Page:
CHARLOTTE — The pro football education of Jadeveon Clowney continued Sunday with an encouraging and frustrating stop at Bank of America Stadium, just a half-hour from his childhood home on Carolina Avenue in Rock Hill.
The most headline-grabbing athlete in University of South Carolina history had his best game as a member of the Houston Texans: Two unassisted tackles and two tipped passes in a 24-17 loss to the Carolina Panthers.
But that’s not saying much. The hybrid defensive end/linebacker was slowed by sports hernia recovery and other ailments and limited to four games and five tackles as a rookie in 2014, had offseason microfracture knee surgery and was held out of all four preseason games this summer. He had three tackles in a season-opening home loss to Kansas City.
The Texans have yet to get a single sack for their considerable investment, the first overall pick in the 2014 draft plus $22.2 million in guaranteed money.
It’s way too early to call Clowney, still only 22, a “bust.” There were signs Sunday that he is improving. But NFL patience is thinner than a stat sheet, and progress must continue or Clowney will get lumped in as part of the problem in Houston.
“I’m just out there trying to do what I can do for the team,” Clowney said after the game. “I did OK for the most part.”
The expectations were so high.
Clowney’s size and speed made him a Rock Hill legend before he entered South Pointe High School.
He was the consensus top recruit in the country when he signed with the Gamecocks in February of 2011, and made South Carolina’s opponents adjust strategy play to play.
He helped lead South Carolina to three straight 11-2 seasons and three bowl wins.
He never lost to Clemson and sacked Tajh Boyd 4½ times in a 2012 victory at Death Valley.
Clowney’s helmet-popping hit against Michigan running back Vincent Smith in the Outback Bowl almost broke Twitter.
Though Clowney says the knee feels fine, the Texans are carefully increasing his work load. The goal has always been a 1-2 pass rush punch potentially unlike anything else in the NFL, Clowney and All-World defensive end J.J. Watt.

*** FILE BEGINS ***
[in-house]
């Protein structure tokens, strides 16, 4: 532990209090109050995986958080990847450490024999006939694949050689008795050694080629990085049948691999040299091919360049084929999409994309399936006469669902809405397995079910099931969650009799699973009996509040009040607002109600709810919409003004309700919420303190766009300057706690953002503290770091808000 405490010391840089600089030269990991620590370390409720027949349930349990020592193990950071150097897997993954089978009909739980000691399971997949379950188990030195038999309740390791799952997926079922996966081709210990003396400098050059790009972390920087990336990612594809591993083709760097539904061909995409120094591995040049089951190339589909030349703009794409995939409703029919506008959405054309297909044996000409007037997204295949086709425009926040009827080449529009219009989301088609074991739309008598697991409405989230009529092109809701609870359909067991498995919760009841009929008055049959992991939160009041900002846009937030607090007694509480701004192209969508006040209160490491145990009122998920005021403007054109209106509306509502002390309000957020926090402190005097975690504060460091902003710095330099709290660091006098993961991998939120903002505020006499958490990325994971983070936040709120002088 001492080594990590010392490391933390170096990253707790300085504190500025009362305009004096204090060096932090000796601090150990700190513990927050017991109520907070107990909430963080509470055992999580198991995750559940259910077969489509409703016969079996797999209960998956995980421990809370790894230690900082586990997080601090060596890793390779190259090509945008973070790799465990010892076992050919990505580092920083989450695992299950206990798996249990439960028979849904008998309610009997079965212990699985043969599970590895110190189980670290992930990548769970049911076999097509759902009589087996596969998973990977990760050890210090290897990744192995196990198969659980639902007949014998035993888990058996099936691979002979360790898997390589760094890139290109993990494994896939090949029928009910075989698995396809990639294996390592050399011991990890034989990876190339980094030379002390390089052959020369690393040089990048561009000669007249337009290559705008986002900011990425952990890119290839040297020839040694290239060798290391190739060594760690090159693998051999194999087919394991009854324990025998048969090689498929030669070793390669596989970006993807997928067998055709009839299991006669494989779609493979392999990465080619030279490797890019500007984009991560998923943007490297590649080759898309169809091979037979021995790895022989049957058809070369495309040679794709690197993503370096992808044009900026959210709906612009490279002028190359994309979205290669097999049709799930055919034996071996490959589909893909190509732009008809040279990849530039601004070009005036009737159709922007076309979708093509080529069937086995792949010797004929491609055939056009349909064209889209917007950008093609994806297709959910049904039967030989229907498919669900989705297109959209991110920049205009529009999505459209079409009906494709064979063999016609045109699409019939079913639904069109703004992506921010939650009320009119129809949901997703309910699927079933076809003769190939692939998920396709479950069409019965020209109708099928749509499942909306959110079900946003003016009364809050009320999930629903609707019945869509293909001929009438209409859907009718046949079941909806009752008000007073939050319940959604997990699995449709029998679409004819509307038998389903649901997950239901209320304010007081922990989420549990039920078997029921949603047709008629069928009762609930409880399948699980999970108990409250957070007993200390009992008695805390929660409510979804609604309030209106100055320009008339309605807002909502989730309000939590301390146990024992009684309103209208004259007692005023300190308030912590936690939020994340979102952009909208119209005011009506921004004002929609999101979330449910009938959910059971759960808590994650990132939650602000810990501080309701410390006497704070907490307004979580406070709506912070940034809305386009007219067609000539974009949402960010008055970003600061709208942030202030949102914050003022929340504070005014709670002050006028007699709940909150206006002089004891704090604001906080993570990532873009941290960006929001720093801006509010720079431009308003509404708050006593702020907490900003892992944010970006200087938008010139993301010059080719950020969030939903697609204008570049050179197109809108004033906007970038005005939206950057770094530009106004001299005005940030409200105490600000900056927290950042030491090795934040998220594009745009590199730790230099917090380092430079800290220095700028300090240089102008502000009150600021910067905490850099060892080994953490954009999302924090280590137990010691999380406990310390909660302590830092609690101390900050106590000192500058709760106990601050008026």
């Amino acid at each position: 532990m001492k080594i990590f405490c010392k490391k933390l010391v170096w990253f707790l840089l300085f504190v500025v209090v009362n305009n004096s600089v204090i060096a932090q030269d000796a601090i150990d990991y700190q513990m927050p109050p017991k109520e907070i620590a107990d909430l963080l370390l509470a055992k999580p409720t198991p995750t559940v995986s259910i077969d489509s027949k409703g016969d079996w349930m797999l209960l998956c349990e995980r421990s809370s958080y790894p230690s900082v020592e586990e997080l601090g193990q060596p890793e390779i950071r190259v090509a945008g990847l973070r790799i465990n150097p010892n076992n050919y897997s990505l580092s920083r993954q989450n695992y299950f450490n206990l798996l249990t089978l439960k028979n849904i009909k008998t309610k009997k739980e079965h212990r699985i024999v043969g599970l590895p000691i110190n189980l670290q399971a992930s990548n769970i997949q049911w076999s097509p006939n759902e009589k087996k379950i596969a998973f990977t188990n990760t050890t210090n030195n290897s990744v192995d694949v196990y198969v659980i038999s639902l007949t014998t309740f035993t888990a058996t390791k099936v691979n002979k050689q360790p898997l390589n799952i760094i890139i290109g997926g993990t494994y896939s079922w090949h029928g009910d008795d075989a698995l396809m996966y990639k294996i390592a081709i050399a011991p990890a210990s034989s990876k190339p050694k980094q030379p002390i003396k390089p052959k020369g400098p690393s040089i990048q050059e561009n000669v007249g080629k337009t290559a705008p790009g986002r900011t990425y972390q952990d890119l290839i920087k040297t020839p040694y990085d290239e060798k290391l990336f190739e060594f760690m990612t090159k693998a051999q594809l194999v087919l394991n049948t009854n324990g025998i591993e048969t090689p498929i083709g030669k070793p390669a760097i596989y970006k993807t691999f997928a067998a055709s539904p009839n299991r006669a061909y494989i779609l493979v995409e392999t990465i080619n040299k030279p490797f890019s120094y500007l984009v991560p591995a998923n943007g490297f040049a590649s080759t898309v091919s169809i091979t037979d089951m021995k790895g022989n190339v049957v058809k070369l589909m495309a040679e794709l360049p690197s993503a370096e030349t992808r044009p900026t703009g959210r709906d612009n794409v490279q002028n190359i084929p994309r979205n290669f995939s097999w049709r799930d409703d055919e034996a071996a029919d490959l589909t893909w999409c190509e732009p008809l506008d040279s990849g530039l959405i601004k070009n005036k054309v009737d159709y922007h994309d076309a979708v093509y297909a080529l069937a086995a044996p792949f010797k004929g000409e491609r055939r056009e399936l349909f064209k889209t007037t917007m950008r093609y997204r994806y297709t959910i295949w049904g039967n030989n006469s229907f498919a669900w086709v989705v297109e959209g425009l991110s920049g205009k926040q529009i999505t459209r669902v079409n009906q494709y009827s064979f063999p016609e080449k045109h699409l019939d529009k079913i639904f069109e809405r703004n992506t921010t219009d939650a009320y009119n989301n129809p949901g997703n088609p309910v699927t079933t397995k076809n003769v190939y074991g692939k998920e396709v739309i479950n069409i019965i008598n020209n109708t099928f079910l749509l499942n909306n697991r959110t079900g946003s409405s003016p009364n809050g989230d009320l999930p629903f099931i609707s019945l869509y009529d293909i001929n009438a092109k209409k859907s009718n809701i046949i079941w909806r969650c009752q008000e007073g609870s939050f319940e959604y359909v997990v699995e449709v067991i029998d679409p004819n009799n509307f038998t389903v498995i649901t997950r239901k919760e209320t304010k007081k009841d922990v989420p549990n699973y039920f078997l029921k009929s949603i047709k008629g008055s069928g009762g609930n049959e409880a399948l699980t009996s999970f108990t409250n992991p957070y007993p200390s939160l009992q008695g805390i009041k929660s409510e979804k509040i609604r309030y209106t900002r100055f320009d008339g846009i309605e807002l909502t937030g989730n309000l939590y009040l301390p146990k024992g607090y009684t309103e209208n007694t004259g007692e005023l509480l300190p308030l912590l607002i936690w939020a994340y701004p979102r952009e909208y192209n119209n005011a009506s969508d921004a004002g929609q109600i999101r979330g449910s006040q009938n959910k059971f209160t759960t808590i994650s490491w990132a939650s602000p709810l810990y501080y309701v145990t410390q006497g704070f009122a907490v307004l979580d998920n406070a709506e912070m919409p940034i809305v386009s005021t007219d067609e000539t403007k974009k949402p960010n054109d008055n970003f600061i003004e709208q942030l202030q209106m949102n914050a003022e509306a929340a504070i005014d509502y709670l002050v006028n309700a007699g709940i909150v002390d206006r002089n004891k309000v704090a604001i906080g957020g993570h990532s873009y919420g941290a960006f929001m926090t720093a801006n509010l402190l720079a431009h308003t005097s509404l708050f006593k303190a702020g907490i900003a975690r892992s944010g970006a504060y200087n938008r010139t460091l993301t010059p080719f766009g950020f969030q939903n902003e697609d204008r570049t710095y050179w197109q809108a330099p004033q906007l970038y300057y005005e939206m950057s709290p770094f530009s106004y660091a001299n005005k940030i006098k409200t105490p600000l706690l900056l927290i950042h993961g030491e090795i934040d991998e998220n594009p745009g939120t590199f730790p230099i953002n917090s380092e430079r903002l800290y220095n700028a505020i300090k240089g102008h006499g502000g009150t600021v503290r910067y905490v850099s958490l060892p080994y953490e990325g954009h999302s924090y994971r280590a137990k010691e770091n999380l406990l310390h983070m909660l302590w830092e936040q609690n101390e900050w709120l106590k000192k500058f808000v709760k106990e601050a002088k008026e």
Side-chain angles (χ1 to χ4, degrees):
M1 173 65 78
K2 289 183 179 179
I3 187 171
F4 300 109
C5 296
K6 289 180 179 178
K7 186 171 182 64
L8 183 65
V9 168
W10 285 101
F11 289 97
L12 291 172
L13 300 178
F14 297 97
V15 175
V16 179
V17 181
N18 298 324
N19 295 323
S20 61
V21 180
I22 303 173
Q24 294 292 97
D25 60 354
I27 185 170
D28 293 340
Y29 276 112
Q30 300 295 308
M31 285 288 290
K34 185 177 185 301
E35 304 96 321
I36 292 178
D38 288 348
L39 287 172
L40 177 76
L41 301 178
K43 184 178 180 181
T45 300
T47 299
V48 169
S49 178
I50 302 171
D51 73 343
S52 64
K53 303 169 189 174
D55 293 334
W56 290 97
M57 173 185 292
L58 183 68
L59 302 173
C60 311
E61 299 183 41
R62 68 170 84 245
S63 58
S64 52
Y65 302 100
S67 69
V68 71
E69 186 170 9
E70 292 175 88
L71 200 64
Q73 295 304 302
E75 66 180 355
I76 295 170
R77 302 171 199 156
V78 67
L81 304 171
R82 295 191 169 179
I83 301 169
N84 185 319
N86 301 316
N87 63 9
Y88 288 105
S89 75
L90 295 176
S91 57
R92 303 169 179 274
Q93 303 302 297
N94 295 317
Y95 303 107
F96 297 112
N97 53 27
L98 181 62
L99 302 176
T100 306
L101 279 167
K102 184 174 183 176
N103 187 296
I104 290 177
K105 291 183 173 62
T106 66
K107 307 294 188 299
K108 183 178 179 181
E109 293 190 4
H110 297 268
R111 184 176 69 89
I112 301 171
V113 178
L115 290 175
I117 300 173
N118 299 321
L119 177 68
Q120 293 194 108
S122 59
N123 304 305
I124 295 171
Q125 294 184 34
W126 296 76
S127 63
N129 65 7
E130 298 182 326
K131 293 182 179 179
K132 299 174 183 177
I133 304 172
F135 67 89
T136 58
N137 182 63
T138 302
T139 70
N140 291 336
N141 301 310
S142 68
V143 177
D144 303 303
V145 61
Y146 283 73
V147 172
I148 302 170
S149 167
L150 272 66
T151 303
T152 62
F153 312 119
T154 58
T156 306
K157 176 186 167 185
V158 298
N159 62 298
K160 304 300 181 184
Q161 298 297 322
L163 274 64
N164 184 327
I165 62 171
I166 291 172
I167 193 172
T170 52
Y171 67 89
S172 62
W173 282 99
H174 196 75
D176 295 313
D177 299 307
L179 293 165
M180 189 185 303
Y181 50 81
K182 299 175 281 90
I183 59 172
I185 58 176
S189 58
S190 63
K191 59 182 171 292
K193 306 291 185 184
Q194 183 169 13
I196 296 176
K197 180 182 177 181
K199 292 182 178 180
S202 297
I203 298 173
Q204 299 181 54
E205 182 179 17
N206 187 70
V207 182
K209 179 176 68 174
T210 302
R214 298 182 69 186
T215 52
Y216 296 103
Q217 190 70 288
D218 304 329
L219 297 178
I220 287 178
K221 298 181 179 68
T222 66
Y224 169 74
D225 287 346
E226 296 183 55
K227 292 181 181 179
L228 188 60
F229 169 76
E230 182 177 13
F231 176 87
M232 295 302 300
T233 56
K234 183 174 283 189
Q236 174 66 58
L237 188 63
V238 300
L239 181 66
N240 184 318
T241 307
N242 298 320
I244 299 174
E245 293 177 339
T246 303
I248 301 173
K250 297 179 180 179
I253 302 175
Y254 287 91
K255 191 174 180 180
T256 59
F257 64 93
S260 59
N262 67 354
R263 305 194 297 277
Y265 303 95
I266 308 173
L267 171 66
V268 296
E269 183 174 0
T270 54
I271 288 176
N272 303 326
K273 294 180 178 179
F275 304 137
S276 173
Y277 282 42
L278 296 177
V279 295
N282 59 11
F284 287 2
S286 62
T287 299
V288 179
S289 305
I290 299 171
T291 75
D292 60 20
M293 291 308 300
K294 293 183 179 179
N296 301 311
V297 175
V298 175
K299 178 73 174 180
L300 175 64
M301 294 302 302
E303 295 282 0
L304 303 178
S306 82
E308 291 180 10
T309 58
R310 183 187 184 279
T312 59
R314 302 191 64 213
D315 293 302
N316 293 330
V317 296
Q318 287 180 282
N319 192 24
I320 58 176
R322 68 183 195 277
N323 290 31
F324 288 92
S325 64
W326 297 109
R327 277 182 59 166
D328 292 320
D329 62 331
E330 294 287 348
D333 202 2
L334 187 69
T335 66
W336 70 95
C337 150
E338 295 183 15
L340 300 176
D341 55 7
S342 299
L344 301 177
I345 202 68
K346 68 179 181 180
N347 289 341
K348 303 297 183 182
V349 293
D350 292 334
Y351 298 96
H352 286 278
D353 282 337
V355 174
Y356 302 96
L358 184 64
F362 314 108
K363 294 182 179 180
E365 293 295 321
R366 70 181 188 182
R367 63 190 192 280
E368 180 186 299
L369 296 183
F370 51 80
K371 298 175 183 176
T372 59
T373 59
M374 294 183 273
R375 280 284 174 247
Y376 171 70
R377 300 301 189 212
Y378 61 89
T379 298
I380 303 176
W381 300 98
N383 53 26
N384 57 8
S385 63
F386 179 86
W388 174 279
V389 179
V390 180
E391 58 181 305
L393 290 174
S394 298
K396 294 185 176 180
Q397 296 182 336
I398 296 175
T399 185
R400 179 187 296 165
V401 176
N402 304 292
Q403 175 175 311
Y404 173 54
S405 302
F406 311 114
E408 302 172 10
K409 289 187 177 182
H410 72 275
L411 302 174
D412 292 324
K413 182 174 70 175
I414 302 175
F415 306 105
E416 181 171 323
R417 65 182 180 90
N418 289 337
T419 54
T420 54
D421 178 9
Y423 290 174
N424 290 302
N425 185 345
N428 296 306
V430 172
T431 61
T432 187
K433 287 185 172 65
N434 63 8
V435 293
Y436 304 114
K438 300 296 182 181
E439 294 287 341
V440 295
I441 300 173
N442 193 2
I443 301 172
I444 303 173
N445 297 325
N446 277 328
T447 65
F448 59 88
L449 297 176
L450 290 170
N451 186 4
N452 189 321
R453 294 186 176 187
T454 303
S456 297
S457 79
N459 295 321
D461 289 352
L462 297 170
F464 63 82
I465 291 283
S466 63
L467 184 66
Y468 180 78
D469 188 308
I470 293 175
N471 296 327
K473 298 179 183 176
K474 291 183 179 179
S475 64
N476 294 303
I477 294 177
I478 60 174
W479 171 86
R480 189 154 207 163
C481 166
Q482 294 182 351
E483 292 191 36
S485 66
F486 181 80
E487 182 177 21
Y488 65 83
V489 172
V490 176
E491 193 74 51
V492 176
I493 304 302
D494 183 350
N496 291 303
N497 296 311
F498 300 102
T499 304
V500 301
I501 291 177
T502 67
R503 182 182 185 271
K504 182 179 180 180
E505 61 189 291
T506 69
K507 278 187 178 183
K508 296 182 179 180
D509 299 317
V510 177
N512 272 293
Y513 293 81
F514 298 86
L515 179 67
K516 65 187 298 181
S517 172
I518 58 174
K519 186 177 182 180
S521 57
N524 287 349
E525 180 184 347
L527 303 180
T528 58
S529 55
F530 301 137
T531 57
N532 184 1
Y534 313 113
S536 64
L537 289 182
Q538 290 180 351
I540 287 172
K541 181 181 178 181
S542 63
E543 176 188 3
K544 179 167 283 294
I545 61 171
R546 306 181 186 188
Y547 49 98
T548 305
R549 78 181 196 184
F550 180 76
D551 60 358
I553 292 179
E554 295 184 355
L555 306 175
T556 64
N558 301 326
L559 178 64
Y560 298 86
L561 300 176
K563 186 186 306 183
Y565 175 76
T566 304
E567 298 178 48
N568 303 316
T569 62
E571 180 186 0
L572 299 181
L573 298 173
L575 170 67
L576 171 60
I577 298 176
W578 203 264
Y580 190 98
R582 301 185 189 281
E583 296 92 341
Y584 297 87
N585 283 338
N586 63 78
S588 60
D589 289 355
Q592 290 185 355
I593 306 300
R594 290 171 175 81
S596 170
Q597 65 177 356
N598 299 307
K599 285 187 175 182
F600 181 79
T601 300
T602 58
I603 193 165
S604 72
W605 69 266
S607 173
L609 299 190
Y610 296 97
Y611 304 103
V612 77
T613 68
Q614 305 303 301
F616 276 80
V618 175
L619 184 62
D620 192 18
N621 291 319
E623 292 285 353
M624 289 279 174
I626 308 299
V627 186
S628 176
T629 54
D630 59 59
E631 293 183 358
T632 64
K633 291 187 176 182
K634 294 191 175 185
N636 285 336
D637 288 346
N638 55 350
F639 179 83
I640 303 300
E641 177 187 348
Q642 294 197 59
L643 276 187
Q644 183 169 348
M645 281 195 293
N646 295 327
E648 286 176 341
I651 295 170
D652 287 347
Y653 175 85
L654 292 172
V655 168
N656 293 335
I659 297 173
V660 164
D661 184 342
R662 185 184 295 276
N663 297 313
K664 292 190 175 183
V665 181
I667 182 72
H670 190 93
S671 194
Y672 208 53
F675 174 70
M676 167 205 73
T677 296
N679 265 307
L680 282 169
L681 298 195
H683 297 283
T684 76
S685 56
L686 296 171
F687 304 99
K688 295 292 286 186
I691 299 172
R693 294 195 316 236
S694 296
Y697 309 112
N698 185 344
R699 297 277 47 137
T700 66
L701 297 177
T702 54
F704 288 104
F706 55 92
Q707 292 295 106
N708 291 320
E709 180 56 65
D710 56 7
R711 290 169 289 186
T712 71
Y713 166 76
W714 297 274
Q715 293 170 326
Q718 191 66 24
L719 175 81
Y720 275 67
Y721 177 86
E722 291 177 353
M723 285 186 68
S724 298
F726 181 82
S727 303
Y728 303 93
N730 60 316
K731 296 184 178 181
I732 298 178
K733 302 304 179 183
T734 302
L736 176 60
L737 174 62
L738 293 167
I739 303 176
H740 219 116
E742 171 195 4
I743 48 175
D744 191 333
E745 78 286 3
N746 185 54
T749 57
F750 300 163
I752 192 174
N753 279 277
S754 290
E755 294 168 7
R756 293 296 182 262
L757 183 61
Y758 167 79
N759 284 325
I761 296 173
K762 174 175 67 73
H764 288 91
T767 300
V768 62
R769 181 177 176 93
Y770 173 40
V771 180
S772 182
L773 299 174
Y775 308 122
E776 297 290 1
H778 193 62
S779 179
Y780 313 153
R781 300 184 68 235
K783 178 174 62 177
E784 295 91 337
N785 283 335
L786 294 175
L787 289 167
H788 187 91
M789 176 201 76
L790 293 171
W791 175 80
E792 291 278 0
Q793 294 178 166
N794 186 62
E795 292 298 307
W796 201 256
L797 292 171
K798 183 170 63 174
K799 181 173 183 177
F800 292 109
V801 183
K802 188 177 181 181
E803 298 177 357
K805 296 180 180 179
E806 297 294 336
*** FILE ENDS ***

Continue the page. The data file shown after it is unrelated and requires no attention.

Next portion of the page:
Again Sunday, Clowney suffered by comparison. Watt had four tackles, a sack, two pass deflections and two hurries.
Texans cornerback Jonathan Joseph, a 10-year veteran from South Carolina and a fellow Rock Hill native, regularly offers Clowney pep talks.
“He’s one of those rare superstar talent guys, the No. 1 pick, so there’s a lot of pressure on him,” Joseph said. “I just kind of talk to him and keep him level-headed, tell him not to get too down on himself.”
For a few snaps Sunday, Houston’s No. 90 looked like South Carolina’s old No. 7. Panthers receiver Jerricho Cotchery found out what SEC and Clemson players also learned the hard way: Clowney, if healthy and motivated, is never safely in the rear-view. He ran 25 yards around the field to chase Cotchery down after an 11-yard reception.
Much of the rest of the day, Clowney was handled by Michael Oher, the Panthers’ left tackle and subject of “The Blind Side” book and movie.
“I feel pretty comfortable about where I’m at right now,” Clowney said. “I just have to keep getting better every week.”
An 0-2 start isn’t much fun, and the trip to Charlotte was bittersweet for personal reasons, too.
A few dozen friends and family members sat together, but Clowney’s father, David “Chilli Bean” Morgan, wasn’t there. He has been in a York County jail since his Aug. 4 arrest on attempted murder charges after a shooting at a Rock Hill strip club.
“It was nice being home,” Clowney said. “I always watched (the Panthers) on TV. I always wanted to play here. Being here playing against those guys, it was good.”
Next up for the Texans is a home game against Tampa Bay and rookie quarterback Jameis Winston.
The script calls for perfect progress: First overall pick in the 2014 NFL draft gets to first overall pick in the 2015 draft for his first career sack.
Follow Gene Sapakoff on Twitter @sapakoff